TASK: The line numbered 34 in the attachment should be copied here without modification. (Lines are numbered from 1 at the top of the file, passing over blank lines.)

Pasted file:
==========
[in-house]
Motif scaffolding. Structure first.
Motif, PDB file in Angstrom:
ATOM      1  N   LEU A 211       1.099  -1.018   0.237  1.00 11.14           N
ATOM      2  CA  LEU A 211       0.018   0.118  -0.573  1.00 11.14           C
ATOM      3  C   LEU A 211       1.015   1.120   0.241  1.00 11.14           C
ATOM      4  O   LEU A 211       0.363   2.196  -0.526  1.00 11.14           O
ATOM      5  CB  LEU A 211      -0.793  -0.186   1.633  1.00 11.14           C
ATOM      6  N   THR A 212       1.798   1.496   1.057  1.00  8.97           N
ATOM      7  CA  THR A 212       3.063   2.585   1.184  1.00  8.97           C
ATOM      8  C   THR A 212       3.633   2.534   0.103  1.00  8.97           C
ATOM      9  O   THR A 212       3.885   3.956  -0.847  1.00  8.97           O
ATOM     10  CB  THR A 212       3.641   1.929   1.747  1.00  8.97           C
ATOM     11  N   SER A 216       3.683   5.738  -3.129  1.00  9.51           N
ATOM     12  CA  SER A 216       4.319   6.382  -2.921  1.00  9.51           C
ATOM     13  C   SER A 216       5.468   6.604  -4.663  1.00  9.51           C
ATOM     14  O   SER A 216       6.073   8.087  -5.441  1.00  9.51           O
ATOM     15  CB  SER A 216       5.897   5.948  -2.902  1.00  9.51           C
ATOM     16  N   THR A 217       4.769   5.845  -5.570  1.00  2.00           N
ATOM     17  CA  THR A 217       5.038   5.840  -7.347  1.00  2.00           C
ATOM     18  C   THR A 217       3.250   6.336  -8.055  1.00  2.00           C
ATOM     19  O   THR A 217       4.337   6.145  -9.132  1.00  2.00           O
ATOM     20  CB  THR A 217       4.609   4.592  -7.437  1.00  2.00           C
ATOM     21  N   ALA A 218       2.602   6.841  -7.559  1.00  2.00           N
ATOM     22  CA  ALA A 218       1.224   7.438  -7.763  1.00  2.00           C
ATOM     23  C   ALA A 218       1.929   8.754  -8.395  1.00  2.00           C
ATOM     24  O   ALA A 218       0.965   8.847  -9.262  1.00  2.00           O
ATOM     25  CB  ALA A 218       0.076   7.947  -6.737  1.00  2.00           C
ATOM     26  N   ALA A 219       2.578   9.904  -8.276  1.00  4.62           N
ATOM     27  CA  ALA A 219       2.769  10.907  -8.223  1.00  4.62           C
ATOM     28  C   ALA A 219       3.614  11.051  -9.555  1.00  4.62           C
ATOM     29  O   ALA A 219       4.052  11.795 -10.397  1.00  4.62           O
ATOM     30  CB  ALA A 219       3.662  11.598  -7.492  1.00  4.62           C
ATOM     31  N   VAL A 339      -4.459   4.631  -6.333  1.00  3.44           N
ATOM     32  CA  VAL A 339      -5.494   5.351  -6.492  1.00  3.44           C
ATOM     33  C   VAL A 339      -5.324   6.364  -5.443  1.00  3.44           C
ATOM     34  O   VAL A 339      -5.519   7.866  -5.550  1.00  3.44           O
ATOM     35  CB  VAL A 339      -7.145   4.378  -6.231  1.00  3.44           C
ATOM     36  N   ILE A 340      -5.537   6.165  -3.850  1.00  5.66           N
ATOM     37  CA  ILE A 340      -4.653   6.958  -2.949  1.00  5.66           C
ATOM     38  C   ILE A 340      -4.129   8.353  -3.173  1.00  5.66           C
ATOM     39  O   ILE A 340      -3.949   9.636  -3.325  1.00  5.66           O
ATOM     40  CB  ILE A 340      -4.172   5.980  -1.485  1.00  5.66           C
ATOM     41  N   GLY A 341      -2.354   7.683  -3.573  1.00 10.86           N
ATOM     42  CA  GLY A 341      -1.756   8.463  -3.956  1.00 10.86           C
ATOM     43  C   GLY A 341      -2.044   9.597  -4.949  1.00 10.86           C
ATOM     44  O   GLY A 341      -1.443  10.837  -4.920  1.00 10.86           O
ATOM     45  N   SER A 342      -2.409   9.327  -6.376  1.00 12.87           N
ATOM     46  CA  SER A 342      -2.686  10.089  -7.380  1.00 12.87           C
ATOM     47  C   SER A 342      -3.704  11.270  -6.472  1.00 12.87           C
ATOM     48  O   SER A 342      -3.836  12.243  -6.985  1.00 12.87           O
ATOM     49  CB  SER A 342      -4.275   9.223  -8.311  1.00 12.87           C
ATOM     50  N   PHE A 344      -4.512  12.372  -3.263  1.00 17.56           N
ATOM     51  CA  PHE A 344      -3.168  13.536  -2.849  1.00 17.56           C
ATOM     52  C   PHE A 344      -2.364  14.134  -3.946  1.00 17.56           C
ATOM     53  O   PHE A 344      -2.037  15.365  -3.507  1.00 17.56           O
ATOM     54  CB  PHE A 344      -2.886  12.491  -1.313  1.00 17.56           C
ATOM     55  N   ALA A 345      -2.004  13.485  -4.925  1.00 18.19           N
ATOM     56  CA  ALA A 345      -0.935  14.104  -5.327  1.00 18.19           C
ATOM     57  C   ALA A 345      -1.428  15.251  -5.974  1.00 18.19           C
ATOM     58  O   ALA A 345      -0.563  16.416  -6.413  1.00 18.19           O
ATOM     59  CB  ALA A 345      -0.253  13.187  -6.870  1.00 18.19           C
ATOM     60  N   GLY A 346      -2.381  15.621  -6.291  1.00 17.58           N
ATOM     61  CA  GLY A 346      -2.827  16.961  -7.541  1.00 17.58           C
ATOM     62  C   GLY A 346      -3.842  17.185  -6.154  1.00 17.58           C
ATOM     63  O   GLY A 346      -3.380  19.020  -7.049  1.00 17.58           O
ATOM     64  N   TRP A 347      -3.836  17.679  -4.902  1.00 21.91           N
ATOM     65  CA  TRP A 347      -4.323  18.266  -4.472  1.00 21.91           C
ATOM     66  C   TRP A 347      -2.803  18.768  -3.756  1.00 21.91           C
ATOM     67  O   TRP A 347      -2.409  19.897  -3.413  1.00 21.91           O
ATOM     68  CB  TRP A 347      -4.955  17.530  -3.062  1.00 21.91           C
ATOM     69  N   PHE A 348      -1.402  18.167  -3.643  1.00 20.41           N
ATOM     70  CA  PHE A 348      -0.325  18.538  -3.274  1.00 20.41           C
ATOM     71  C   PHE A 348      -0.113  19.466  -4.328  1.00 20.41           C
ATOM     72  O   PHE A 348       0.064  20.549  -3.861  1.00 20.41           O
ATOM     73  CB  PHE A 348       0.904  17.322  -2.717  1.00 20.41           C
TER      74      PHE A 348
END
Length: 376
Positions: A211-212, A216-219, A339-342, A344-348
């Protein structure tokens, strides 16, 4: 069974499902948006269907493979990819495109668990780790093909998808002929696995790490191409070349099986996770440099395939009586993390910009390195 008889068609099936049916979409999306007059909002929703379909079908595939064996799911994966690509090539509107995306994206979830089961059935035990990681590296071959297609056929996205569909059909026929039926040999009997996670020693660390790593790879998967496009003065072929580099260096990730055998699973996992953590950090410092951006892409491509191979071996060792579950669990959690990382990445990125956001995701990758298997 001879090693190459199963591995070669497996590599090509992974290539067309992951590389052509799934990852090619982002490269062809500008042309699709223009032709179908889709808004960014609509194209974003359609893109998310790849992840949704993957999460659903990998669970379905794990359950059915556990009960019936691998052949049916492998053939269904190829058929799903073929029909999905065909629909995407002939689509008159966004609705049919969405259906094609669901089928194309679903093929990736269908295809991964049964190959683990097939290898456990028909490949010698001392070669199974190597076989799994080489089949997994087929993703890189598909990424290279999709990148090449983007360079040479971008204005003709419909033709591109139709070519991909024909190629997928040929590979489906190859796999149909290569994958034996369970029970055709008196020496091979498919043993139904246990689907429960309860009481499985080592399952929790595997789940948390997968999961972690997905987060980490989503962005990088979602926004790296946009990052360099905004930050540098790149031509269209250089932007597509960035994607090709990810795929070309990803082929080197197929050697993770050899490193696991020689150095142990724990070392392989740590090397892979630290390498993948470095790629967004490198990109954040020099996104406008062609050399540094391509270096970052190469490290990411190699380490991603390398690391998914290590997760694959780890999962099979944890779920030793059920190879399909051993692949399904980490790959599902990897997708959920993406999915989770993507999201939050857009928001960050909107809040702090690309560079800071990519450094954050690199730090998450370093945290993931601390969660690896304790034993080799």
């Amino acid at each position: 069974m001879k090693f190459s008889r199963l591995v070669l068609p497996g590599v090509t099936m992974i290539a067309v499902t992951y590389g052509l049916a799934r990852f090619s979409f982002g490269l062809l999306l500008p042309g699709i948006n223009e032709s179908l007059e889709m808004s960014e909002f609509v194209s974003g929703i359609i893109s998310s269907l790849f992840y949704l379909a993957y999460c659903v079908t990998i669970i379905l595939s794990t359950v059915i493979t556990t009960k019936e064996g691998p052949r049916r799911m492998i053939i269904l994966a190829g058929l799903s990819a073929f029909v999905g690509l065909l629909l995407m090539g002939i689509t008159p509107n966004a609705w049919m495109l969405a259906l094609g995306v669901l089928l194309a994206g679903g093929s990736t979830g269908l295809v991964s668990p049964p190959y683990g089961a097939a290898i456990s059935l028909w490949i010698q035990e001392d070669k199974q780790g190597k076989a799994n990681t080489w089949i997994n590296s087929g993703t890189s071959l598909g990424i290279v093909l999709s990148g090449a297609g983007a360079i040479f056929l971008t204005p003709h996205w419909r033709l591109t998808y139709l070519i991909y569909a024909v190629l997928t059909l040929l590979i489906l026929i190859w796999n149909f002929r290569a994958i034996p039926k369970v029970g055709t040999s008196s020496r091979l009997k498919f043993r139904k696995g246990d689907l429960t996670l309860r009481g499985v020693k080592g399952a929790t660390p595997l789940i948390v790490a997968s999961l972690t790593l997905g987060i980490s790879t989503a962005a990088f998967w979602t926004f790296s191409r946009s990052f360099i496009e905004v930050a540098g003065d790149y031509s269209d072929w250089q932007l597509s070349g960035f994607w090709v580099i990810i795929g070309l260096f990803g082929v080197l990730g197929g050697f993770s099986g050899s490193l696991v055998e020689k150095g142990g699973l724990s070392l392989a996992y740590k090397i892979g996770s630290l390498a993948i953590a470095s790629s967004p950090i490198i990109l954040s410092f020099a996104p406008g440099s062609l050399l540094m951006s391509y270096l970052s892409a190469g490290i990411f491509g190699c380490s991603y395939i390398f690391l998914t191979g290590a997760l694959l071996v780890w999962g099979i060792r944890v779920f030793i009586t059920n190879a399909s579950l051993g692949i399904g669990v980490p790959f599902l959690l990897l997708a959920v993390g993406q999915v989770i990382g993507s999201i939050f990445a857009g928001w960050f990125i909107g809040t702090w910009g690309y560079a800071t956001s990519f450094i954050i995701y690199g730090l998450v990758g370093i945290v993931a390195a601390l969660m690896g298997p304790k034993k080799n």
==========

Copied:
ATOM     31  N   VAL A 339      -4.459   4.631  -6.333  1.00  3.44           N